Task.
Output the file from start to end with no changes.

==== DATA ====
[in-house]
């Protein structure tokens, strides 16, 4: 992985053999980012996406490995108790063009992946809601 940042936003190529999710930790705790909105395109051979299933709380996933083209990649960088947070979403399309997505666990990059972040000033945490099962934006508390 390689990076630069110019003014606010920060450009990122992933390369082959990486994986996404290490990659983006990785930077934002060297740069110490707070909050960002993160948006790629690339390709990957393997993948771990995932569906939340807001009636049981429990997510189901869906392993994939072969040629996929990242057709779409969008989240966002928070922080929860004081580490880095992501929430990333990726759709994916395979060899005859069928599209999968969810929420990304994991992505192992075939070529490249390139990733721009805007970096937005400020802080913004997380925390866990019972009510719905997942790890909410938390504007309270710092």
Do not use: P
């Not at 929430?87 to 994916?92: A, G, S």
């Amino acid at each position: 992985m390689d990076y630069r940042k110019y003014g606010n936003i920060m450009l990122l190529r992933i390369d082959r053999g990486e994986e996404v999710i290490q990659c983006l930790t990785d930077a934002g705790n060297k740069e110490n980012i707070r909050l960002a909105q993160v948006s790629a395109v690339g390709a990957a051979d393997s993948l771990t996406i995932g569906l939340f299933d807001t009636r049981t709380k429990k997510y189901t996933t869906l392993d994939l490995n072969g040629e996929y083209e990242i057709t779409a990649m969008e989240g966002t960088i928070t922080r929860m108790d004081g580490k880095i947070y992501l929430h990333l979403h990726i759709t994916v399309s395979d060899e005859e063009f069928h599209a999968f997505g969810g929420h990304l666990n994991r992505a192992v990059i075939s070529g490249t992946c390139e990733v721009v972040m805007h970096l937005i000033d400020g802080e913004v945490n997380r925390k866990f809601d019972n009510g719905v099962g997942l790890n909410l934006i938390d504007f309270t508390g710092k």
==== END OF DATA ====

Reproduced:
[in-house]
């Protein structure tokens, strides 16, 4: 992985053999980012996406490995108790063009992946809601 940042936003190529999710930790705790909105395109051979299933709380996933083209990649960088947070979403399309997505666990990059972040000033945490099962934006508390 390689990076630069110019003014606010920060450009990122992933390369082959990486994986996404290490990659983006990785930077934002060297740069110490707070909050960002993160948006790629690339390709990957393997993948771990995932569906939340807001009636049981429990997510189901869906392993994939072969040629996929990242057709779409969008989240966002928070922080929860004081580490880095992501929430990333990726759709994916395979060899005859069928599209999968969810929420990304994991992505192992075939070529490249390139990733721009805007970096937005400020802080913004997380925390866990019972009510719905997942790890909410938390504007309270710092």
Do not use: P
């Not at 929430?87 to 994916?92: A, G, S």
């Amino acid at each position: 992985m390689d990076y630069r940042k110019y003014g606010n936003i920060m450009l990122l190529r992933i390369d082959r053999g990486e994986e996404v999710i290490q990659c983006l930790t990785d930077a934002g705790n060297k740069e110490n980012i707070r909050l960002a909105q993160v948006s790629a395109v690339g390709a990957a051979d393997s993948l771990t996406i995932g569906l939340f299933d807001t009636r049981t709380k429990k997510y189901t996933t869906l392993d994939l490995n072969g040629e996929y083209e990242i057709t779409a990649m969008e989240g966002t960088i928070t922080r929860m108790d004081g580490k880095i947070y992501l929430h990333l979403h990726i759709t994916v399309s395979d060899e005859e063009f069928h599209a999968f997505g969810g929420h990304l666990n994991r992505a192992v990059i075939s070529g490249t992946c390139e990733v721009v972040m805007h970096l937005i000033d400020g802080e913004v945490n997380r925390k866990f809601d019972n009510g719905v099962g997942l790890n909410l934006i938390d504007f309270t508390g710092k």